Pentecost: Feast of the New Covenant
Pope Benedict XVI
Holy Spirit, mission, salvation
On the morning of Pentecost Sunday, 4 June, the Holy Father presided at Holy Mass celebrated in St. Peter's Square. During his Homily, the Pope explained the mystery of Pentecost and how it is the Holy Spirit who "illuminates the human spirit and, by revealing Christ Crucified and Risen, indicates the way to become more like him,... to be 'the image and instrument of the love which flows from Christ'". The following is a translation of the Holy Father's Homily, given in Italian.
Dear Brothers and Sisters,
On the day of Pentecost, the Holy Spirit descended with power upon the Apostles; thus began the mission of the Church in the world.
Jesus himself prepared the Eleven for this mission, appearing to them on many occasions after his Resurrection (cf. Acts 1:3).
Prior to the Ascension into Heaven, he ordered them "not to depart from Jerusalem, but to wait for the promise of the Father" (cf. Acts 1:4-5); that is, he asked them to stay together to prepare themselves to receive the gift of the Holy Spirit. And they gathered in prayer with Mary in the Upper Room, awaiting the promised event (cf. Acts 1:14).
To receive the Spirit
To stay together was the condition laid down by Jesus in order to receive the gift of the Holy Spirit; the premise of their harmony was prolonged prayer. In this way we are offered a formidable lesson for every Christian community.
Some think at times that missionary effectiveness depends primarily on careful programming and its subsequent intelligent application through a concrete commitment.
The Lord certainly does ask for our collaboration, but before any other response his initiative is necessary: his Spirit is the true protagonist of the Church. The roots of our being and of our action are in the wise and provident silence of God.
The images used by St. Luke to indicate the outpouring of the Holy Spirit — wind and fire — recall Sinai, where God revealed himself to the people of Israel and offered his covenant (cf. Ex 19:3ff.). The feast of Sinai, which Israel celebrated 50 days after the Passover, was the feast of the Covenant.
Confusion into communion
Speaking of the tongues of fire (cf. Acts 2:3), St. Luke wants to show Pentecost as a new Sinai, as the feast of the New Covenant, where the Covenant with Israel is extended to all the nations of the earth.
The Church has been catholic and missionary from her birth. The universality of salvation is meaningfully manifested with the list of the numerous ethnic groups to which those who heard the Apostles' first proclamation belonged (cf. Acts 2:9-11).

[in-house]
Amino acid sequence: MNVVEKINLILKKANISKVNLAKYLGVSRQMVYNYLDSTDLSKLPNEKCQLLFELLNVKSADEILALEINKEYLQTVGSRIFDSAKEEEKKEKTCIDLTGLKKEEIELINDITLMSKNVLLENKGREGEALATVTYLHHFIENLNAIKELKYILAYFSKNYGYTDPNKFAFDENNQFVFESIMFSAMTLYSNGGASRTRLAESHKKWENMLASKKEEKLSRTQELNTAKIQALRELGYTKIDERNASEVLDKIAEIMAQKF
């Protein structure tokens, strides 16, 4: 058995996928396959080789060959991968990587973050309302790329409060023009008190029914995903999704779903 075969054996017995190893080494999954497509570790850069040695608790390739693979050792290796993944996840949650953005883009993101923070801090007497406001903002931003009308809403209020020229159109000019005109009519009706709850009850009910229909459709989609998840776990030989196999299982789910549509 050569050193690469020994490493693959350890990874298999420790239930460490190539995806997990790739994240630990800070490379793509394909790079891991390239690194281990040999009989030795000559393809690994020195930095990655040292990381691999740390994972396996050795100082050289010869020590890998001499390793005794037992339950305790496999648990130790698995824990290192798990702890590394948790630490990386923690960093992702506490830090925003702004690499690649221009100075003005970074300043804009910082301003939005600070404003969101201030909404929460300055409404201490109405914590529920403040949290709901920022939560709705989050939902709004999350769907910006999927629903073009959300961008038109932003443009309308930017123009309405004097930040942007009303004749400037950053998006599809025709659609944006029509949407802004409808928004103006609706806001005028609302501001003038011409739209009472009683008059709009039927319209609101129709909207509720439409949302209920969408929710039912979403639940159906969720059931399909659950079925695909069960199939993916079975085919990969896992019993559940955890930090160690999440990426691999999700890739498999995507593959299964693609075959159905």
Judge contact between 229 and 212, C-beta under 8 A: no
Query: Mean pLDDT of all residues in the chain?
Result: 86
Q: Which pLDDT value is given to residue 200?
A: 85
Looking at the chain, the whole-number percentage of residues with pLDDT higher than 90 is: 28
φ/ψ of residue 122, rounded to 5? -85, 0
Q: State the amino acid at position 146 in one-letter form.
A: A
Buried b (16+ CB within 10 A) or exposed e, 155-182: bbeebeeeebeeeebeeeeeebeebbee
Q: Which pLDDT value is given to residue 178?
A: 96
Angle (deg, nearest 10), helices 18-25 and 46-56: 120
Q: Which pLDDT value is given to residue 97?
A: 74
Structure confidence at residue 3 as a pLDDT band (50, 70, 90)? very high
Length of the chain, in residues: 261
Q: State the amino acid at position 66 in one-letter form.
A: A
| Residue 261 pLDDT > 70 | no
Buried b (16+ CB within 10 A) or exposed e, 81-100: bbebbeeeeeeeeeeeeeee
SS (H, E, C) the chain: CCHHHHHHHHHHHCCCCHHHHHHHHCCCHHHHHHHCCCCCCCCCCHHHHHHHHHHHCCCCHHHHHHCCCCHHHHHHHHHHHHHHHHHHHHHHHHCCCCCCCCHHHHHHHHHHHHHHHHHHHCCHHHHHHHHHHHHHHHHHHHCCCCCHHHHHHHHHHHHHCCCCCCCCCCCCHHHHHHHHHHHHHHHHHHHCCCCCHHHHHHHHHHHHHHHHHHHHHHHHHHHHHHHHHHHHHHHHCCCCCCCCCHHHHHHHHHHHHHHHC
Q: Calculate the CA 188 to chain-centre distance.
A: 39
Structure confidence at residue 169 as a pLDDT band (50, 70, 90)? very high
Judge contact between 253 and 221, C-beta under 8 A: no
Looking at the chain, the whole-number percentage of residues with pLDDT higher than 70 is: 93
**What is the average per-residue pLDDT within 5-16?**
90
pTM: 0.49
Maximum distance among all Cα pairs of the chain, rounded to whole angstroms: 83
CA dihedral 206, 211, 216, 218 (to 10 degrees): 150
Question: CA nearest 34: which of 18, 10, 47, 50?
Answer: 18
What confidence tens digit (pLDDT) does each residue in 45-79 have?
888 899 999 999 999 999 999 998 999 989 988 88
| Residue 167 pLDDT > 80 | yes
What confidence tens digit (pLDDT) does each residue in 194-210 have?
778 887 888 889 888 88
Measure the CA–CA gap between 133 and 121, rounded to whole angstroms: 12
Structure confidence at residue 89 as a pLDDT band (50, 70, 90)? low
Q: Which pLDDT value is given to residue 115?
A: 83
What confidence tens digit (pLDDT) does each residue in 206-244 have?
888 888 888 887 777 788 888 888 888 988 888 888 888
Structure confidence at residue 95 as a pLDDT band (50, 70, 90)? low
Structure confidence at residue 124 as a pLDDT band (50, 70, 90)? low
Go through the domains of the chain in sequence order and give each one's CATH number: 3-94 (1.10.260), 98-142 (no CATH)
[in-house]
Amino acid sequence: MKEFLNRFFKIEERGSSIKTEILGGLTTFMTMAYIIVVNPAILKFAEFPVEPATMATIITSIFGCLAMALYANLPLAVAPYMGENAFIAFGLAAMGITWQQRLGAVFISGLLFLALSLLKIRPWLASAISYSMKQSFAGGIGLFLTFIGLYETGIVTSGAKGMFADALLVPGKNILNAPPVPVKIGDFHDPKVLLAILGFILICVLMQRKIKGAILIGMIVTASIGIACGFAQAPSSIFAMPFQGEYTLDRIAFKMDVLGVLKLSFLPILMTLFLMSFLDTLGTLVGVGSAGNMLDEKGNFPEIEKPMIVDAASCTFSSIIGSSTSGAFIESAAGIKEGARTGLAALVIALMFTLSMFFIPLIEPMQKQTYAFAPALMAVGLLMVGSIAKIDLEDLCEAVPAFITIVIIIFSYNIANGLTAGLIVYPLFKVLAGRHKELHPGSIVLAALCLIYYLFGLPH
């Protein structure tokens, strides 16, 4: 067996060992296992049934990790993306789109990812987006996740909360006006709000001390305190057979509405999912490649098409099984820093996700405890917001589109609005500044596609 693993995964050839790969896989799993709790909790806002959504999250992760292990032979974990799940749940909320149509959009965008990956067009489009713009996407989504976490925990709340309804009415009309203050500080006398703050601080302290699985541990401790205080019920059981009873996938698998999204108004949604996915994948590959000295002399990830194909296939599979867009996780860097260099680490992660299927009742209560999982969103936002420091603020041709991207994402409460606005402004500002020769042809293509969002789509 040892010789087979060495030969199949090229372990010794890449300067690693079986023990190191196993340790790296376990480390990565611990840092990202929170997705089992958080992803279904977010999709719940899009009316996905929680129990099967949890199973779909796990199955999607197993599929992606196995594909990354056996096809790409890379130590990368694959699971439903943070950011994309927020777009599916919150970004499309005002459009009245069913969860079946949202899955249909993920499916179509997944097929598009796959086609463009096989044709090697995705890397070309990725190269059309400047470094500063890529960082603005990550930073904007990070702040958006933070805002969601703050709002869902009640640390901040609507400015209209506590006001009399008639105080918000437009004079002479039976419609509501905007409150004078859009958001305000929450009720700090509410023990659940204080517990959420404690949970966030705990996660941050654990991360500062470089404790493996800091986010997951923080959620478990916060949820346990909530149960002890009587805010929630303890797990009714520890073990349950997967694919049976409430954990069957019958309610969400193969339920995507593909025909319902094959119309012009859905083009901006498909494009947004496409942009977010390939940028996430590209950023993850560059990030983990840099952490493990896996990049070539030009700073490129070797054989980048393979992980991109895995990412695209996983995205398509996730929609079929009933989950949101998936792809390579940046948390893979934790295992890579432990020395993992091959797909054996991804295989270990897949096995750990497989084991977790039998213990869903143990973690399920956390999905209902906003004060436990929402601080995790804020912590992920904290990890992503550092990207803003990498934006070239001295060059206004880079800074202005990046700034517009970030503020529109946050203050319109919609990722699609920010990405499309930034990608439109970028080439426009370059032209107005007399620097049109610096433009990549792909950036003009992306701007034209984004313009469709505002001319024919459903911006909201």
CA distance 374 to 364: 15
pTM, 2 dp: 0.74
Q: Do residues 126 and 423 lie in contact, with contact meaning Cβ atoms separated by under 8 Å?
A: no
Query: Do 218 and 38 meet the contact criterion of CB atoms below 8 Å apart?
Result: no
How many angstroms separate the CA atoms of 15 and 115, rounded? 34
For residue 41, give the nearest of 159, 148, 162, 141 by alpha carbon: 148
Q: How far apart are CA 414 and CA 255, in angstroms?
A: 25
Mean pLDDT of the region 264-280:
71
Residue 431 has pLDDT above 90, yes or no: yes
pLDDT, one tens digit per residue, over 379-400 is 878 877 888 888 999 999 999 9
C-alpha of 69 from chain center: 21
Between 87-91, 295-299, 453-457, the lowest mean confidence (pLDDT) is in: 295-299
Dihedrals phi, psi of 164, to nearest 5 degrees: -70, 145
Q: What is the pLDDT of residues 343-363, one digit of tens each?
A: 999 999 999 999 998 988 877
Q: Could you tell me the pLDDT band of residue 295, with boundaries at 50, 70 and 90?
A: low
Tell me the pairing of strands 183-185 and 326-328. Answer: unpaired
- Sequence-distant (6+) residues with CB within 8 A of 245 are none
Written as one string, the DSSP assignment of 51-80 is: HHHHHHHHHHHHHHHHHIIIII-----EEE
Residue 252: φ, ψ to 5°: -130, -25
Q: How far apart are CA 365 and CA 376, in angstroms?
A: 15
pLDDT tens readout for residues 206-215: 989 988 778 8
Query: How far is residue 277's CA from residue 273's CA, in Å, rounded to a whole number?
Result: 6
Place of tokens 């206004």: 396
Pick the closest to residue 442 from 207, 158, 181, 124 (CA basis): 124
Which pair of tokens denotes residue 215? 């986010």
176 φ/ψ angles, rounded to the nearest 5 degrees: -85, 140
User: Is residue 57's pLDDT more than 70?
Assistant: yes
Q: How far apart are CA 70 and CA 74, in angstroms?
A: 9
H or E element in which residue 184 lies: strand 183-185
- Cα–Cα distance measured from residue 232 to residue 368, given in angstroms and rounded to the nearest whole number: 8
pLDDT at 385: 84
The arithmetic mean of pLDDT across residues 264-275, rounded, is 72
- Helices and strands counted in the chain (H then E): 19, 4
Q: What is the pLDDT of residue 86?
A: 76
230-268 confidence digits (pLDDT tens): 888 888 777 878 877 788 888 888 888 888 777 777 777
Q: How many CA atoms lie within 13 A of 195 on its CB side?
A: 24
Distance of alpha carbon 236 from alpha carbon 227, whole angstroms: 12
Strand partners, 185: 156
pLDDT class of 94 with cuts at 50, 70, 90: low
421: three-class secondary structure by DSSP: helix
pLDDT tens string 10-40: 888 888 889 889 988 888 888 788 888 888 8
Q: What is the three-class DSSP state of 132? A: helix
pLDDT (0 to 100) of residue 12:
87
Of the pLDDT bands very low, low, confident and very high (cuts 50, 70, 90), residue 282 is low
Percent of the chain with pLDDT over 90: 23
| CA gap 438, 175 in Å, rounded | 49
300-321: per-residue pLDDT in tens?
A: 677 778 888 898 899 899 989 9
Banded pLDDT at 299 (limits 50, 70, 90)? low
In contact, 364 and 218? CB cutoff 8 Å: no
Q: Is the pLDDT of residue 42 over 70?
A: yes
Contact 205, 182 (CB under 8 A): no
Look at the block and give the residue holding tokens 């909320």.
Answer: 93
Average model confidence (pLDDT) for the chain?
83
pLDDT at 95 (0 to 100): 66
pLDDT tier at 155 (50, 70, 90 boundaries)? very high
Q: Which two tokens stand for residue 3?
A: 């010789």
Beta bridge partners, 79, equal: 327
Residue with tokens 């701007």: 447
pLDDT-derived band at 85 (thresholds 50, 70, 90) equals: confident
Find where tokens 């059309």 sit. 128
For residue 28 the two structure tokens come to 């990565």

The People of God, which had found its first configuration in Sinai, extends today to the point of surmounting every barrier of race, culture, space and time. As opposed to what occurred with the tower of Babel (cf. Gn 11:1-9), when people wanted to build a way to heaven with their hands and ended up by destroying their very capacity of mutual understanding, in Pentecost the Spirit, with the gift of tongues, demonstrates that his presence unites and transforms confusion into communion.
Human pride and egoism always create divisions, build walls of indifference, hate and violence. The Holy Spirit, on the other hand, makes hearts capable of understanding the languages of all, as he re-establishes the bridge of authentic communion between earth and heaven. The Holy Spirit is Love.
But how is it possible to enter into the mystery of the Holy Spirit? How can the secret of Love be understood?
The Gospel passage takes us today to the Upper Room where, after the Last Supper, a sense of loss has saddened the Apostles. This is due to the fact that Jesus' words arouse disturbing questions: He spoke of the world's hatred of him and of his own, he spoke of his mysterious departure; and there were still many other things to be said, but for the time being the Apostles were not able to bear the weight (cf. Jn 16:12).
The mystery of Pentecost
To console them, he explains the meaning of his departure: he will go, but he will return; meanwhile, he will not abandon them, will not leave them orphans. He will send the Consoler, the Spirit of the Father, and the Spirit will enable them to understand that Christ's work is a work of love: love of the One who gave himself, love of the Father who has given him.
This is the mystery of Pentecost: the Holy Spirit illuminates the human spirit and, by revealing Christ Crucified and Risen, indicates the way to become more like him, that is, to be "the image and instrument of the love which flows from Christ" (Deus Caritas Est, n. 33).
The Church, gathered with Mary as at her birth, today implores: "Veni, Sancte Spiritus! — Come, Holy Spirit, fill the hearts of your faithful and kindle in them the fire of your love!". Amen.
Weekly Edition in English
7 June 2006, page 1
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